Opus South bankruptcy blow to elite condos
Wake up and good morning. Opus South, the powerhouse developer of Tampa Bay properties ranging from St. Petersburg's new, high-end 400 Beach Drive (in first photo) and nearby Parkshore Plaza (in second photo) condo properties to the established 4200 Cypress office in Tampa's Westshore District, sought voluntary Chapter 11 bankruptcy to get its debts under control.
The bad news? Opus South plans to eventually exit the market.
"We are going to keep our offices open while we work through the Chapter 11, but our plans are to exit the market completely, company spokesman Winston Hewett told the Tampa Bay Business Journal.
Opus South's strong reputation clearly masked financial pressures in this recession and is once again a sad reminder: Nobody is safe from this economy. And given Opus South's dominating inventory of high-end condos on St. Petersburg's waterfront row of condo towers, the bankruptcy raises fresh concern about the crush of neighboring towers -- others are still under construction or just opening -- offering units averaging $700,000 and up.
"The Opus South portfolio includes a large number of condominium projects located in Florida, and has been particularly challenged by the sharp downturn in that portion of the regional real estate market," said Mark Rauenhorst, CEO of Minnesota-based parent Opus Corp. Only Opus South Corp., based in Atlanta and one of five independent operating companies that make up the Opus Group, is included in the bankruptcy filing. Here's the company's announcement.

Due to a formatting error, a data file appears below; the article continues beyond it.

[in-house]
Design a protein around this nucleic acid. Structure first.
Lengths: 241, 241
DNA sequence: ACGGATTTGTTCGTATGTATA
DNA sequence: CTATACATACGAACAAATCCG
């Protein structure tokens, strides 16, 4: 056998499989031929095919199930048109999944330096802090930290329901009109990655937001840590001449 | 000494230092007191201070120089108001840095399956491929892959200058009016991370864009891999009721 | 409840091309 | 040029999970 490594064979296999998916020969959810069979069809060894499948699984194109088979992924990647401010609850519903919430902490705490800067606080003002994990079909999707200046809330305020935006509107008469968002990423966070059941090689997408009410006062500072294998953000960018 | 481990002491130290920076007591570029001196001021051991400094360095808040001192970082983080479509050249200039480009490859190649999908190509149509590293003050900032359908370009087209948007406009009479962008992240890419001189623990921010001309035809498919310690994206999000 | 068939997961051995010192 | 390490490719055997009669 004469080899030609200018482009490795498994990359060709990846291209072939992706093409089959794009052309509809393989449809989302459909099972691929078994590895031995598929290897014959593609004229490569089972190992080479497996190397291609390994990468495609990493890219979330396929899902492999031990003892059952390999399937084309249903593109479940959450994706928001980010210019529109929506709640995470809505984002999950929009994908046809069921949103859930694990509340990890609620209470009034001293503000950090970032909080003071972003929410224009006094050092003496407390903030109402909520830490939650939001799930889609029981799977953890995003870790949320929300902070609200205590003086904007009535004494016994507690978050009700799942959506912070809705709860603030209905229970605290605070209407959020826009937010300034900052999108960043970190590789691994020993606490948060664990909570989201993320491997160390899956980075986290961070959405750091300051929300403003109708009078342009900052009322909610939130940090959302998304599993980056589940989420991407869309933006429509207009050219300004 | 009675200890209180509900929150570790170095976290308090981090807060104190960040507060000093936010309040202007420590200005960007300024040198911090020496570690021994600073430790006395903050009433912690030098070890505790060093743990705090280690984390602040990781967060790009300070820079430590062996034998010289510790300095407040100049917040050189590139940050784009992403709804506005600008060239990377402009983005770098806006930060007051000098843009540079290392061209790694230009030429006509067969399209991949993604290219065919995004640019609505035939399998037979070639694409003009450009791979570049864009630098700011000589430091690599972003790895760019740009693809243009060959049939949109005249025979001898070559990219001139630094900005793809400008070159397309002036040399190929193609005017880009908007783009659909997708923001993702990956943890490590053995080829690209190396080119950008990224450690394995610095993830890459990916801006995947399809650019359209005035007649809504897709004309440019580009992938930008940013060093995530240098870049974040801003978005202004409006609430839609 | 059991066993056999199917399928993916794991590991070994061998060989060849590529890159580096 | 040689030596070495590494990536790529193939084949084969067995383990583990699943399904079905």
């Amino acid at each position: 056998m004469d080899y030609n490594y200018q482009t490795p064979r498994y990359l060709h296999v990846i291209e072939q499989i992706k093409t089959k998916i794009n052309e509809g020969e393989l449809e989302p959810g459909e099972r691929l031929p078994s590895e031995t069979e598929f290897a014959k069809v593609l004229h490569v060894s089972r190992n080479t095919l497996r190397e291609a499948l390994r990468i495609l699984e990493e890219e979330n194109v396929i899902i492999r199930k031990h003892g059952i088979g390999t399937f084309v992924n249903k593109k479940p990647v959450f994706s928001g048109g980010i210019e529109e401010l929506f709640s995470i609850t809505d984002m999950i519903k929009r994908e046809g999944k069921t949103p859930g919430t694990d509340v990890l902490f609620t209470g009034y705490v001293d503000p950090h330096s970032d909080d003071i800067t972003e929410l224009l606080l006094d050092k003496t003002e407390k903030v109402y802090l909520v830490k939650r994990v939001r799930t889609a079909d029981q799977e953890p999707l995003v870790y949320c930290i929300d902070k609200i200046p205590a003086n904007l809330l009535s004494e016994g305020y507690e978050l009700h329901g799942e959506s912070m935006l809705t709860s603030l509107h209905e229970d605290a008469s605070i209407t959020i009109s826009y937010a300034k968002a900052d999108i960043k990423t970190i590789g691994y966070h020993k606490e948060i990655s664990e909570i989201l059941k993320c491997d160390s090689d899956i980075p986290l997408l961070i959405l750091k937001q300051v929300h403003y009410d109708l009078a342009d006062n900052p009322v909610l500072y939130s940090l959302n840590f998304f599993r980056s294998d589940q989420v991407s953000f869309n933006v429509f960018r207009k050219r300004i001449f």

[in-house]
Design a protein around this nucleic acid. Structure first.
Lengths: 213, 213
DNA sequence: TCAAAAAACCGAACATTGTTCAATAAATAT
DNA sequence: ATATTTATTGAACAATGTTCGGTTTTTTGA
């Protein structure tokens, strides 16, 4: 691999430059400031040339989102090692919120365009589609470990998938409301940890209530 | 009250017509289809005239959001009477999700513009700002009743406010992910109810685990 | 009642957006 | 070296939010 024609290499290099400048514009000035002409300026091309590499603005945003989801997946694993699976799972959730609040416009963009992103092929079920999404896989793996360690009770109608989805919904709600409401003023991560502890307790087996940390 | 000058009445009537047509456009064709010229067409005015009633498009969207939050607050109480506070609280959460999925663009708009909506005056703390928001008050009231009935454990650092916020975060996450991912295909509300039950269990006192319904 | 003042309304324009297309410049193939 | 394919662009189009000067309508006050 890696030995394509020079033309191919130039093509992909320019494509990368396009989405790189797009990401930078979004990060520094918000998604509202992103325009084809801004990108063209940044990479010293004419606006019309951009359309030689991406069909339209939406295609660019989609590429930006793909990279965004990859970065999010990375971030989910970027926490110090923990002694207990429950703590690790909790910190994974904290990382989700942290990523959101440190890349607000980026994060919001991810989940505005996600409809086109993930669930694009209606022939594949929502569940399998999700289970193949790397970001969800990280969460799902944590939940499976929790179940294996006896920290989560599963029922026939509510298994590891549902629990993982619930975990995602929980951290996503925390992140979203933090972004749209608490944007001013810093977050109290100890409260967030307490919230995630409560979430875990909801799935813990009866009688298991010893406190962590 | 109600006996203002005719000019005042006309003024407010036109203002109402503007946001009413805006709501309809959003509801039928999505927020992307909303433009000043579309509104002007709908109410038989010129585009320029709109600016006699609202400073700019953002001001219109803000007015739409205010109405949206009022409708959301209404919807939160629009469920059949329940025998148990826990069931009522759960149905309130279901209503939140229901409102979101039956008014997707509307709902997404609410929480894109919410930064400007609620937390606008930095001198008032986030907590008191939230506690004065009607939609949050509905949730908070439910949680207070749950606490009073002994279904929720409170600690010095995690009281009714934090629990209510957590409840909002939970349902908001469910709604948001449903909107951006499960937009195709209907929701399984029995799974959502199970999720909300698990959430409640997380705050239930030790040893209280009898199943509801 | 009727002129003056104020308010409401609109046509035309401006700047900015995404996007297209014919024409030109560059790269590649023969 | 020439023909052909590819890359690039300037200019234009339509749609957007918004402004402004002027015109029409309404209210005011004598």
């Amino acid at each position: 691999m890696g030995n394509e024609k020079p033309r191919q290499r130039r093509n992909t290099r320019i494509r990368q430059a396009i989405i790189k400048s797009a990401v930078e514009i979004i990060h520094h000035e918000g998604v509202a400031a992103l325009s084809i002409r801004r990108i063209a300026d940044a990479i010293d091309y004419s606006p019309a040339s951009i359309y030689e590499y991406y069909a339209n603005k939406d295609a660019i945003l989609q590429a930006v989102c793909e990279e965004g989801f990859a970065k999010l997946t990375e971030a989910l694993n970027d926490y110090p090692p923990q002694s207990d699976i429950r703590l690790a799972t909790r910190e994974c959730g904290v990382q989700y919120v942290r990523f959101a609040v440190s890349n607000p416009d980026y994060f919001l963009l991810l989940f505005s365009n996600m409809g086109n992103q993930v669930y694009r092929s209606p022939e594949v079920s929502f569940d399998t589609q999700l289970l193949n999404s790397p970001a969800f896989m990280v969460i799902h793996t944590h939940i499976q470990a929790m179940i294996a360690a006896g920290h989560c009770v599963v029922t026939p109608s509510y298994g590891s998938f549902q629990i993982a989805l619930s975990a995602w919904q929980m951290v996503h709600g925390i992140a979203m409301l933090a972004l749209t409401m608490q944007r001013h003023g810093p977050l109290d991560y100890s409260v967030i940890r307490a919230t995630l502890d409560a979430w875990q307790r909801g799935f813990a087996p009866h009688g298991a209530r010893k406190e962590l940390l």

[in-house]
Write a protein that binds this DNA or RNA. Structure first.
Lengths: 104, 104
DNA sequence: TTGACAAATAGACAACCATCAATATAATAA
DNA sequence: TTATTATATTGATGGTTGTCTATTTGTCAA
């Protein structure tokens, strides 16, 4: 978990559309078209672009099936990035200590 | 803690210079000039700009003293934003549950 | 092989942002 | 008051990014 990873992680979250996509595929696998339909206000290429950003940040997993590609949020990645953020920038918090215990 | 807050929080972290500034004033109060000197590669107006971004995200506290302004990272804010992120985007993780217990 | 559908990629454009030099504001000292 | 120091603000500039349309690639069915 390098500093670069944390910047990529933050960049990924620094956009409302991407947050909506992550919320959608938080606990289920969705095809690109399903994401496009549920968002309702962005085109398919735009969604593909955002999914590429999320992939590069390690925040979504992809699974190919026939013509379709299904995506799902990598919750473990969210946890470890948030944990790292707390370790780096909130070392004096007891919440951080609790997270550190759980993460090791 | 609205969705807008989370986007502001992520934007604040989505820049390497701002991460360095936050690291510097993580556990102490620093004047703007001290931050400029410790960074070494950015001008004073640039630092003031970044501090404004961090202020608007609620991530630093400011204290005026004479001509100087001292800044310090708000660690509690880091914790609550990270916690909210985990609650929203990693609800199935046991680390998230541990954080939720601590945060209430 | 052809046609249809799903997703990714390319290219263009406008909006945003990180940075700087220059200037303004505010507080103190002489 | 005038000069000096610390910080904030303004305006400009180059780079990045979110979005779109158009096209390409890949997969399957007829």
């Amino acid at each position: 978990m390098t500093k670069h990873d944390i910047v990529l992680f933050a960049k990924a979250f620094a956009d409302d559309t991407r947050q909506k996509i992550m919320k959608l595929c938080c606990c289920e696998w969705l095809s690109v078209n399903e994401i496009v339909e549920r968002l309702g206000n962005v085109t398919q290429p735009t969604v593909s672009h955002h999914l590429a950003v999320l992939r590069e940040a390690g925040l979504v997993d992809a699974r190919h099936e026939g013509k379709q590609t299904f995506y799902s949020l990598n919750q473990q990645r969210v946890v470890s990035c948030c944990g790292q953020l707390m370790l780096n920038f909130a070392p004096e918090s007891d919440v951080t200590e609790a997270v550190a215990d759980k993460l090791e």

Opus South chief restructuring officer Anne Marie Solberg said bankruptcy was caused by the continued deterioration in economic conditions in the commercial and residential real estate markets in the Southeast. In Clearwater, for example, Opus South developed Water's Edge, a 25-story condo tower next to city hall. But financial concerns emerged last year, as reported in the St. Petersburg Times, about residents moving in just as the stock market began to tank. (Photo of Water's Edge penthouse view by Jim Damaske of the St. Petersburg Times.)
Solberg added: “While we began slowing the pace of new development nearly two years ago in anticipation of difficult market conditions, we must now take additional measures to enable an orderly wind down of our portfolio, protect asset values and maximize returns on lenders’ investments.”
Solberg said Opus South will currently maintain operations in Atlanta and Tampa to work on asset dispositions and transitions. Rauenhorst called the challenges in the industry as difficult as the company has ever experienced in its 56 years in the business. Opus South has developed more than 27.3 million square feet of space since starting operations in 1981. This is a nasty blow for the Tampa Bay area economy, folks.
-- Robert Trigaux, Times Business Columnist